The Joyce Hill Column
Usually my article for January deals with some aspect of Epiphany, a major liturgical season which begins on 6 January. But January has several commemorations in the Common Worship calendar, so this year I’ve decided to write about one of these: William Laud, Archbishop of Canterbury, whom we remember on 10 January, the anniversary of his beheading on Tower Hill.
Laud is often said to have had quite humble beginnings, and to a degree that’s true: his father was a clothier or master-tailor, but his mother was sister of Sir William Webbe, who became Lord Mayor of London. So although not from the gentry, Laud was from a reasonably well-established background, and in1589 he became a student at St John’s College Oxford, graduating as Doctor of Divinity by 1604.
Even at this stage in his career, he was openly hostile to the quite plain way of doing things associated with the Calvinists, who were coming to dominate under the new rule of James I (1603-25). This is what characterises Laud: throughout his public life he fought to restore something of the solemnity of pre-Reformation liturgical practice. He thought the altar was more important than the pulpit, a view not shared by the Calvinists or Puritans; he wished to have the holy altar sited at the east end of the choir and protected by rails, rather than in the centre of the choir, as was more common at the time; and he was a convinced supporter of the ecclesiastical hierarchy, proclaiming that ‘there could be no true church without diocesan episcopacy’. As Laud rose up through the ecclesiastical hierarchy himself, he was increasingly able to enforce his views, despite their increasing unpopularity as the Puritans gradually gained the upper hand. The outcome, perhaps predictably, was that those who held opposing views began to unify against him.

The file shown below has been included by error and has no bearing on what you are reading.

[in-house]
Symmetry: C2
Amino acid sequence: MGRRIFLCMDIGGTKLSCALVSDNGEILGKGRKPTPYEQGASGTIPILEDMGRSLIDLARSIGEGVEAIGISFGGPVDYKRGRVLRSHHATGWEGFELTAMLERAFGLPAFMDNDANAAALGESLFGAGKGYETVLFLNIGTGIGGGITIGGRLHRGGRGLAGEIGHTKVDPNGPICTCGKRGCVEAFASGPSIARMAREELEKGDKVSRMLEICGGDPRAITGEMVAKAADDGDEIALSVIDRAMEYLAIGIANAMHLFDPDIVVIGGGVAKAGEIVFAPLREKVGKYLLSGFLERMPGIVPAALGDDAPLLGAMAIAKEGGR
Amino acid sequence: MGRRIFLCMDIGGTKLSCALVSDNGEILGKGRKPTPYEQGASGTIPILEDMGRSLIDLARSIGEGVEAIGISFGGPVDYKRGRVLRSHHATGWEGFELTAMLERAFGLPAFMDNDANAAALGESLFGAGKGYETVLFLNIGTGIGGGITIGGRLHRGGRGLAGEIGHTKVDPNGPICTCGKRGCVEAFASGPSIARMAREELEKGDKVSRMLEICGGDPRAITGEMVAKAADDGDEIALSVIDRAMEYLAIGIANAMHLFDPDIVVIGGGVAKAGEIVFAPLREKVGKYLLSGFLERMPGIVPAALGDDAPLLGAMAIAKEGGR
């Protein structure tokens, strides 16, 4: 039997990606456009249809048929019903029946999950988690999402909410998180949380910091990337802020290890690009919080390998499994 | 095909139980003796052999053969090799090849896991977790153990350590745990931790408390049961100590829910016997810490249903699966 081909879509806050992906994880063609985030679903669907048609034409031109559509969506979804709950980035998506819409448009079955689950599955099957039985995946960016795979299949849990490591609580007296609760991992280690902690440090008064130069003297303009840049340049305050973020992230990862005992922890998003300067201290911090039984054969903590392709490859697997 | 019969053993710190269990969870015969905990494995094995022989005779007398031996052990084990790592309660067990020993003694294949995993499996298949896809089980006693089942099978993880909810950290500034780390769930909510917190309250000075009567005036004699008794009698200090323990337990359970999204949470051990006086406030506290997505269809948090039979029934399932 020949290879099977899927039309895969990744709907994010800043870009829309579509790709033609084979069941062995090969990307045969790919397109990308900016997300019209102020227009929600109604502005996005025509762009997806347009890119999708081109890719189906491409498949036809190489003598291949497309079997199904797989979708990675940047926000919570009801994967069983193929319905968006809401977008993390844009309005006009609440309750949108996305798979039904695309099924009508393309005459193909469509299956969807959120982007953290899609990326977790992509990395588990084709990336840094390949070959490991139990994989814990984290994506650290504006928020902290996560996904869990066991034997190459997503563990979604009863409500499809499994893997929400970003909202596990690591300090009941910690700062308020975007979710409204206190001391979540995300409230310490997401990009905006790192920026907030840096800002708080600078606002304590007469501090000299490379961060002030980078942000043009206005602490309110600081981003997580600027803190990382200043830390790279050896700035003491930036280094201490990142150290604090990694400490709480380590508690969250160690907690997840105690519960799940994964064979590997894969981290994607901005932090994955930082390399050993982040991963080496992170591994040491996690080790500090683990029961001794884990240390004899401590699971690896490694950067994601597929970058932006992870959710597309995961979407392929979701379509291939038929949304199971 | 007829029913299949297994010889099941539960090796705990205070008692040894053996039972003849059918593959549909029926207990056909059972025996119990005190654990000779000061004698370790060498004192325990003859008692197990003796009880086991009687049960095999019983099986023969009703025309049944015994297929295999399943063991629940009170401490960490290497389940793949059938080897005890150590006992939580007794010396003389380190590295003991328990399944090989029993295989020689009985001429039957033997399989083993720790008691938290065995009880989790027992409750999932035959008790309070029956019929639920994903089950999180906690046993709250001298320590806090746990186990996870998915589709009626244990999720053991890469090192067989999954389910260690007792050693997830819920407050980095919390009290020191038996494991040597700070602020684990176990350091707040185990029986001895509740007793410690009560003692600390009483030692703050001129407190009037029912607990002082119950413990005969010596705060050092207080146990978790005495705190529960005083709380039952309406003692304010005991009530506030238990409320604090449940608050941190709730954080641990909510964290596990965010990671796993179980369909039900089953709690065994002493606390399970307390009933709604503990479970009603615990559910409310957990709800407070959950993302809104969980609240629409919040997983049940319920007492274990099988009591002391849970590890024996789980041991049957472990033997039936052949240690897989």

Laud became Dean of Gloucester in 1616, Bishop of St David’s in 1621, Bishop of Bath and Wells in 1626, Bishop of London in 1628, and finally Archbishop of Canterbury in 1633. Charles I (1629-45) at first put a great deal of trust in him, but this waned as Charles came to recognise that Laud’s determined enforcement of ritual was adding to the growing divisions in church and state. This, together with what was Laud’s probably unavoidable entanglement with the increasing political turmoil around Charles, meant that by 1640 Laud’s enemies felt able to accuse him of treason and have him imprisoned in the Tower and then beheaded. In the end he was a victim of the tussle between King and Parliament: it was Parliament that pressed for his execution, despite the fact that no specific treasonable acts were identified, and despite the fact also that the increasingly powerless Charles granted him a royal pardon. History swung in Laud’s favour when, following the Civil War and the puritanical Commonwealth period, the Church of England, in a more monarchical guise, was restored under Charles II. His reputation has grown since then as a result of the increasingly formal liturgical practices adopted by the Church of England in the nineteenth century.
Laud was a considerable scholar and for a time was Chancellor of Oxford, creating professorships in Hebrew and Arabic, donating a considerable collection of manuscripts to the Bodleian Library, and carrying through a number of fundamental reforms in the way the university was run. He was also notable in his support of other scholars. But there is no doubt that many of the difficulties he faced were of his own making.